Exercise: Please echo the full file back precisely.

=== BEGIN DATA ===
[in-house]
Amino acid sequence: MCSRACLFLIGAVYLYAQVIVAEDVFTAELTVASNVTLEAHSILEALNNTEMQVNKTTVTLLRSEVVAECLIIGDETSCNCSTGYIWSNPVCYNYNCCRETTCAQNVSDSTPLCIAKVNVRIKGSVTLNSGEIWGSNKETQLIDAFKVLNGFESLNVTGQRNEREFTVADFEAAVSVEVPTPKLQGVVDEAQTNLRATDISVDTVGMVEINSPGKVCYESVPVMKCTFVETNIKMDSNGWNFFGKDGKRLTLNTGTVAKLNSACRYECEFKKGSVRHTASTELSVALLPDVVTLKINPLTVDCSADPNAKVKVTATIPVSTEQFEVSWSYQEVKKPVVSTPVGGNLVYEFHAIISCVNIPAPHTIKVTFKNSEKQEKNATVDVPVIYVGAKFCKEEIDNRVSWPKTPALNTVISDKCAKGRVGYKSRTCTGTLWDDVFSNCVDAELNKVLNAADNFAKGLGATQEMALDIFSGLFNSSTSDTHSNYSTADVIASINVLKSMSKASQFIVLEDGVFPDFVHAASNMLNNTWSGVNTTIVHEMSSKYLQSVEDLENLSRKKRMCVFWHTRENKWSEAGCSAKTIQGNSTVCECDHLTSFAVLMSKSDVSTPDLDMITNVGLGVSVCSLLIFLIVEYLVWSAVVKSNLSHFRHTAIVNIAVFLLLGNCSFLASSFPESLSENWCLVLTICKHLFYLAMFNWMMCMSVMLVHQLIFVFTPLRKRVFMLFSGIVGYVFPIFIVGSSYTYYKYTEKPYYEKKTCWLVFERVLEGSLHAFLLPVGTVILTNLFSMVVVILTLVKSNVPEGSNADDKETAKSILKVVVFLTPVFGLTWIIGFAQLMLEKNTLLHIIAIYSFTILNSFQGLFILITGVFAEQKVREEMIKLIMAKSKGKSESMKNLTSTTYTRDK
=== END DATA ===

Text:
[in-house]
Amino acid sequence: MCSRACLFLIGAVYLYAQVIVAEDVFTAELTVASNVTLEAHSILEALNNTEMQVNKTTVTLLRSEVVAECLIIGDETSCNCSTGYIWSNPVCYNYNCCRETTCAQNVSDSTPLCIAKVNVRIKGSVTLNSGEIWGSNKETQLIDAFKVLNGFESLNVTGQRNEREFTVADFEAAVSVEVPTPKLQGVVDEAQTNLRATDISVDTVGMVEINSPGKVCYESVPVMKCTFVETNIKMDSNGWNFFGKDGKRLTLNTGTVAKLNSACRYECEFKKGSVRHTASTELSVALLPDVVTLKINPLTVDCSADPNAKVKVTATIPVSTEQFEVSWSYQEVKKPVVSTPVGGNLVYEFHAIISCVNIPAPHTIKVTFKNSEKQEKNATVDVPVIYVGAKFCKEEIDNRVSWPKTPALNTVISDKCAKGRVGYKSRTCTGTLWDDVFSNCVDAELNKVLNAADNFAKGLGATQEMALDIFSGLFNSSTSDTHSNYSTADVIASINVLKSMSKASQFIVLEDGVFPDFVHAASNMLNNTWSGVNTTIVHEMSSKYLQSVEDLENLSRKKRMCVFWHTRENKWSEAGCSAKTIQGNSTVCECDHLTSFAVLMSKSDVSTPDLDMITNVGLGVSVCSLLIFLIVEYLVWSAVVKSNLSHFRHTAIVNIAVFLLLGNCSFLASSFPESLSENWCLVLTICKHLFYLAMFNWMMCMSVMLVHQLIFVFTPLRKRVFMLFSGIVGYVFPIFIVGSSYTYYKYTEKPYYEKKTCWLVFERVLEGSLHAFLLPVGTVILTNLFSMVVVILTLVKSNVPEGSNADDKETAKSILKVVVFLTPVFGLTWIIGFAQLMLEKNTLLHIIAIYSFTILNSFQGLFILITGVFAEQKVREEMIKLIMAKSKGKSESMKNLTSTTYTRDK